Congenital cytomegalovirus (CMV) infection may be asymptomatic until hearing loss manifests in childhood. Because diagnosis of congenital CMV requires viral detection within an infant's first 21 days of life, CMV polymerase chain reaction (PCR) on formalin-fixed, paraffin-embedded (FFPE) placental tissue provides a unique opportunity to identify congenital exposure in cases in which CMV is not initially suspected. To assess the utility of this approach, a database of all CMV cultures performed from July 2001 to March 2012 was used to identify infants in whom urine CMV cultures were obtained within 100 days of life. Corresponding placentas were then identified through the pathology database. The database was also queried to identify placentas in which CMV immunohistochemical analysis had been performed. CMV PCR was positive in FFPE placental tissue from 100% (5/5) of cases in which the first urine culture collected before the first 21 days of life was positive. Placentas from 20 infants with negative CMV urine cultures were CMV PCR negative. Interestingly, CMV was detected in 12.5% (1/8) of placentas in which the first CMV-positive urine culture was collected after the first 21 days of life. Furthermore, 4% (1/26) of placentas with chronic villitis by histology (no urine cultures available) were CMV PCR positive. In the 10 CMV PCR-positive placentas, including 3 cases of fetal demise, CMV immunohistochemistry was positive in just 6 cases. These results suggest that the confirmation of CMV exposure in utero by PCR of FFPE placental tissue provides a useful adjunct to histologic evaluation and may identify infants requiring close clinical follow-up.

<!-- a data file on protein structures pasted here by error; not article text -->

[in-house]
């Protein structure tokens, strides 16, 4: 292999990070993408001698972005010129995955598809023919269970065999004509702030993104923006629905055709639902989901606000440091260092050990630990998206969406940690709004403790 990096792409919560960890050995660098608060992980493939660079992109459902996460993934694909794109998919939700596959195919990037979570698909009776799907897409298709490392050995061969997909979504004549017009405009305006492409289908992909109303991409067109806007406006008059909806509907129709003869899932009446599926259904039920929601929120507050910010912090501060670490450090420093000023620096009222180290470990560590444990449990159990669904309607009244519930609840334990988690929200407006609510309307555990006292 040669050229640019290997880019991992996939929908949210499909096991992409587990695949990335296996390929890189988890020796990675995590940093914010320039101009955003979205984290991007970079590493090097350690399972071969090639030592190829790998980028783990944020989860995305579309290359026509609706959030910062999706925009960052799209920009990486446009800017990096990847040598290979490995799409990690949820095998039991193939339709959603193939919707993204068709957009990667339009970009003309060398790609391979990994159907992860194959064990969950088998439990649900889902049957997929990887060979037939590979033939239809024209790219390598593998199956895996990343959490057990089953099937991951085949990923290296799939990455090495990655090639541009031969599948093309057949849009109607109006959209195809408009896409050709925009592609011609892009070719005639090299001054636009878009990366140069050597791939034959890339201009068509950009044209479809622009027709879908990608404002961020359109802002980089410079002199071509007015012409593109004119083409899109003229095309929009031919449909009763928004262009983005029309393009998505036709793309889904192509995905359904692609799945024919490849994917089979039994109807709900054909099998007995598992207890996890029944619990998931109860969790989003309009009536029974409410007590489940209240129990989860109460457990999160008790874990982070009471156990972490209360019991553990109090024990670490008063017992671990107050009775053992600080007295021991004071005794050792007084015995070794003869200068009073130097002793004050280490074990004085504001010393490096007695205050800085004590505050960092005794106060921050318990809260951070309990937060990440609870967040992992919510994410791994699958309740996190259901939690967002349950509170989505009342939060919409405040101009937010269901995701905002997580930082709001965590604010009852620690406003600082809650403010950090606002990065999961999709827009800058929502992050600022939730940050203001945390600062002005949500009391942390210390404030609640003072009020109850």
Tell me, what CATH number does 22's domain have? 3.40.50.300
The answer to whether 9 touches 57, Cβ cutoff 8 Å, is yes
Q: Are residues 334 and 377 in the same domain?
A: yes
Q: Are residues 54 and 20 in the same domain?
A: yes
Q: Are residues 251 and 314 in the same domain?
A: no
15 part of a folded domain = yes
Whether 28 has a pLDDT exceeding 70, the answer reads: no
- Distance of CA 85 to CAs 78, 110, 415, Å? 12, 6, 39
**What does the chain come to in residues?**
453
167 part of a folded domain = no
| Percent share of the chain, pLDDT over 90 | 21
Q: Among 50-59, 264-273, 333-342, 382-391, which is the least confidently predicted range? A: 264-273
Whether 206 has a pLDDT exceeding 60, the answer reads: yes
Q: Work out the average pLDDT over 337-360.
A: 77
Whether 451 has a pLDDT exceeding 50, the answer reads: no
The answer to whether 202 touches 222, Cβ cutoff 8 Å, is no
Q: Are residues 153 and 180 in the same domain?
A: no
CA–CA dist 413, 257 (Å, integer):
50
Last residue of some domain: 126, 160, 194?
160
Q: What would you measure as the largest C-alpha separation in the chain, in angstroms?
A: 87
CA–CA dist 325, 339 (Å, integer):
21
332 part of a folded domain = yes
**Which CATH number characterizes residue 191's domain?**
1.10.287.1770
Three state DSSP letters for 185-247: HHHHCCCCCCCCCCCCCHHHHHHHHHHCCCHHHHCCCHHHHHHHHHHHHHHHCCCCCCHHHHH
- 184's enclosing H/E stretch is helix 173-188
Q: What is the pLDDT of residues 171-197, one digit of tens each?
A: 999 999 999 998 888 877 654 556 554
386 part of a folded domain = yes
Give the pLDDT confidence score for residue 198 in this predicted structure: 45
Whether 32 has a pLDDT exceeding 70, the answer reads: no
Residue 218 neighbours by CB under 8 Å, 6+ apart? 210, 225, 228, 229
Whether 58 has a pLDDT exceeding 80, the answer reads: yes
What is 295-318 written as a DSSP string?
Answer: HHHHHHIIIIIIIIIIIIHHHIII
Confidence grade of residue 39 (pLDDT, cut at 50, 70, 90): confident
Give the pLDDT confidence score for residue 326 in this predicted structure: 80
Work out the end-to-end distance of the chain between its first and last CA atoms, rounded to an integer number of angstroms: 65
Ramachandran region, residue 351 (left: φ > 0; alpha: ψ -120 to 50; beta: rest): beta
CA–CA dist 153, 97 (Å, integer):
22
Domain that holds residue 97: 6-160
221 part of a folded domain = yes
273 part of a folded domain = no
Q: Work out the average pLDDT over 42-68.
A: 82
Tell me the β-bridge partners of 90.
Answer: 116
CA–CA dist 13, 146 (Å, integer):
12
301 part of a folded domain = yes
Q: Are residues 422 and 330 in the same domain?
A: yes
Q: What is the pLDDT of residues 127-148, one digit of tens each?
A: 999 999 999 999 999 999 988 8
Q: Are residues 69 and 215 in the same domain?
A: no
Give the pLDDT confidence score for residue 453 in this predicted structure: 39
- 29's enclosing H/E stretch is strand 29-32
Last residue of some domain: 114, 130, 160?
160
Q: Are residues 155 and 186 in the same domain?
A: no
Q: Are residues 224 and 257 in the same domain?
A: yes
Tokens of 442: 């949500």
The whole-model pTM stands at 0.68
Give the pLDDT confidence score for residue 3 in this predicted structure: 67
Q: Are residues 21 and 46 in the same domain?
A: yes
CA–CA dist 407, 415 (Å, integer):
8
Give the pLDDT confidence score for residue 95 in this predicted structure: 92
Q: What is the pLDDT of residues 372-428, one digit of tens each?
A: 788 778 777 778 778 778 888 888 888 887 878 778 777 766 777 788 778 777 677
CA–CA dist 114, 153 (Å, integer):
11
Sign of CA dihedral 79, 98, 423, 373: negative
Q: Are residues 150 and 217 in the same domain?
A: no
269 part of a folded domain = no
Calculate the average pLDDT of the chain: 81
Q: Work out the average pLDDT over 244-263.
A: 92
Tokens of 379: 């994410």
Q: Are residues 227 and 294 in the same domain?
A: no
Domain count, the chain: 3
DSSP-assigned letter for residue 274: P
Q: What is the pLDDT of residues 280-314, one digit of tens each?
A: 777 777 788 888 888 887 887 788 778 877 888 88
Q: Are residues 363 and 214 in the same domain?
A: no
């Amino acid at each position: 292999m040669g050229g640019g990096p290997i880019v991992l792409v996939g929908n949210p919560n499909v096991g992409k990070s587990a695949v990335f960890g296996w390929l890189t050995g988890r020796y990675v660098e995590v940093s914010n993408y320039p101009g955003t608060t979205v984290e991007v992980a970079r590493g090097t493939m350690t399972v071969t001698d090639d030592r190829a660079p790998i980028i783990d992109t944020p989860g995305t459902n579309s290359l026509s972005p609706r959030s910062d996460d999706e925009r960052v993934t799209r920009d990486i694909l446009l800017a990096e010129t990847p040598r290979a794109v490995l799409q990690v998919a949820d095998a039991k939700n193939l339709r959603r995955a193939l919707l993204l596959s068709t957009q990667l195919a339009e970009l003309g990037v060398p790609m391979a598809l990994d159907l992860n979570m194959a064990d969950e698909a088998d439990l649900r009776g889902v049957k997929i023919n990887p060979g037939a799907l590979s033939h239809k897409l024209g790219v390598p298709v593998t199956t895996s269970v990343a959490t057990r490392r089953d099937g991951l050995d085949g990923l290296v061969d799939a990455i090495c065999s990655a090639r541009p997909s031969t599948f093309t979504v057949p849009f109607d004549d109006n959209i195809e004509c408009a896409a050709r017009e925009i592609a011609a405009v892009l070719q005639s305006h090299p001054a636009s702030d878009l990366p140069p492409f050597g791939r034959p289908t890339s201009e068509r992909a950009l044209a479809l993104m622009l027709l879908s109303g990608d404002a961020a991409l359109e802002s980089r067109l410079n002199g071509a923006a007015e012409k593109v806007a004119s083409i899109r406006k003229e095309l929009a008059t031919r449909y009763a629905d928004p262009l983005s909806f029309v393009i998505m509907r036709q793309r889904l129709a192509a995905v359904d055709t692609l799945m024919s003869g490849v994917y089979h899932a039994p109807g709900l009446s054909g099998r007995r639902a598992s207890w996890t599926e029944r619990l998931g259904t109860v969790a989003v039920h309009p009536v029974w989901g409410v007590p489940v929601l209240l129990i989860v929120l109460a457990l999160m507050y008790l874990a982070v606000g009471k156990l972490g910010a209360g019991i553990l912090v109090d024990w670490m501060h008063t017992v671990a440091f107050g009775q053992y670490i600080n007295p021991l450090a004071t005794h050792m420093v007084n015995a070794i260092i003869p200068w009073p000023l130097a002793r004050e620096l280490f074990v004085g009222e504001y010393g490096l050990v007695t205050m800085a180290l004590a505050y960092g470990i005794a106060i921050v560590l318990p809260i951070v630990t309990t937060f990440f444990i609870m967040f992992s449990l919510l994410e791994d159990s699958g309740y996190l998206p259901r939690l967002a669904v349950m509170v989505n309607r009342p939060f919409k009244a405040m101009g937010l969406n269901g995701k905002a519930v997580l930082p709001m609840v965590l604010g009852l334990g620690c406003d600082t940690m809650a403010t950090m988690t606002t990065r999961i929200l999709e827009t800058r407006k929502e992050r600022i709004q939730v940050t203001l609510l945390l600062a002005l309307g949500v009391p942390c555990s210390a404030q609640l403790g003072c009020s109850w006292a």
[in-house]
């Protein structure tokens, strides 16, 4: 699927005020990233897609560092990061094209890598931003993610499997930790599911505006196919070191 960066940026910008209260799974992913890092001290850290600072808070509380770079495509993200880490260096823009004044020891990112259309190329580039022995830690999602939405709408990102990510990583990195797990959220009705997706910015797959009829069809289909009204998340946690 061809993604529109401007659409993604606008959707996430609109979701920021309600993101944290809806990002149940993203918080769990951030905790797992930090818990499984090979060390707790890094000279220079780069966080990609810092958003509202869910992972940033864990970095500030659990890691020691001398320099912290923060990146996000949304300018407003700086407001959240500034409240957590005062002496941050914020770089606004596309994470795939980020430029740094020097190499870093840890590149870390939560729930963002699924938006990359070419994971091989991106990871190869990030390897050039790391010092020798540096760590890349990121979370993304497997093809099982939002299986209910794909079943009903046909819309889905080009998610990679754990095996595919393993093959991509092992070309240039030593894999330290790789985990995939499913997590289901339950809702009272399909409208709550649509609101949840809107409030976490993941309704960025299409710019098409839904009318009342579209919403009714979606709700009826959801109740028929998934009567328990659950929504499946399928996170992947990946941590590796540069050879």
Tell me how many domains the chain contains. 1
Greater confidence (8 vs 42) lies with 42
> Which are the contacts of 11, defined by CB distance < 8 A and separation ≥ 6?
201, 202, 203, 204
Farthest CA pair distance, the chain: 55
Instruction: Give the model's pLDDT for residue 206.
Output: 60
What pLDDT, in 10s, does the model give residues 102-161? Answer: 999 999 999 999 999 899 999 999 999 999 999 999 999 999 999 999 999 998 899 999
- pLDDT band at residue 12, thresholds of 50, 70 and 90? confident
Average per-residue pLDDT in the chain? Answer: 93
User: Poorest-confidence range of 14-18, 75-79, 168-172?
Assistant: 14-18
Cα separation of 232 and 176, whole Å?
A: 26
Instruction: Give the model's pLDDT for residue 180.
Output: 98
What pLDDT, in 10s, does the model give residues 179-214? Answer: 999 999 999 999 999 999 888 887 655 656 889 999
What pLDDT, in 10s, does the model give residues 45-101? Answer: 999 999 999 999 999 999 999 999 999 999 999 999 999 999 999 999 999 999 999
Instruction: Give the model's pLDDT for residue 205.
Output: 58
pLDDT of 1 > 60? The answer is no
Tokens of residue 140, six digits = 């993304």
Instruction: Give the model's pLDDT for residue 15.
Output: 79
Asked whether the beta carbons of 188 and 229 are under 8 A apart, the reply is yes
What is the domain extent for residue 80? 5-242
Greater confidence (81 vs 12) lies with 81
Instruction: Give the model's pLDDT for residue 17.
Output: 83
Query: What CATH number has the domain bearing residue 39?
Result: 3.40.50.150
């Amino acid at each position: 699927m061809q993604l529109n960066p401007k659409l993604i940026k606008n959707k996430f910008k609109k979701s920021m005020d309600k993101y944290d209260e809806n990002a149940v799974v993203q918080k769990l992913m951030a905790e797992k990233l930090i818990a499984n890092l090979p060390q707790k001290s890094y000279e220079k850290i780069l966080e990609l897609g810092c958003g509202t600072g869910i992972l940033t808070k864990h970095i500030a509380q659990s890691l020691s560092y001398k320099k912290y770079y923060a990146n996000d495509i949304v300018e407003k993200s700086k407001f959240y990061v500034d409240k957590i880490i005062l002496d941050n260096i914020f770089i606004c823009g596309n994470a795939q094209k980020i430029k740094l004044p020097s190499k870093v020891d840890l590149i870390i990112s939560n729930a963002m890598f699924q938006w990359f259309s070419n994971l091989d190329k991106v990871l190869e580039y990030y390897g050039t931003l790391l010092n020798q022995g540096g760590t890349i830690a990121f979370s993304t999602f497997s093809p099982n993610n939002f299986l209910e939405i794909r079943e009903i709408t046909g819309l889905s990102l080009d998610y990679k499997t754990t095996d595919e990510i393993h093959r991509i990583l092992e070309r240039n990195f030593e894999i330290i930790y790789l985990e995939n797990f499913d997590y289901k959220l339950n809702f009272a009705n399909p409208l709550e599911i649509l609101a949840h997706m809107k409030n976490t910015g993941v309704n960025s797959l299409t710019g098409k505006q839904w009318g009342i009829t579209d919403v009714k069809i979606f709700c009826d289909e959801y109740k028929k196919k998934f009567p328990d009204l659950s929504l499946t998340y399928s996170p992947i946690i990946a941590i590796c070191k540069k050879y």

View details for DOI 10.1097/PAS.0b013e318290f171
View details for PubMedID 23797721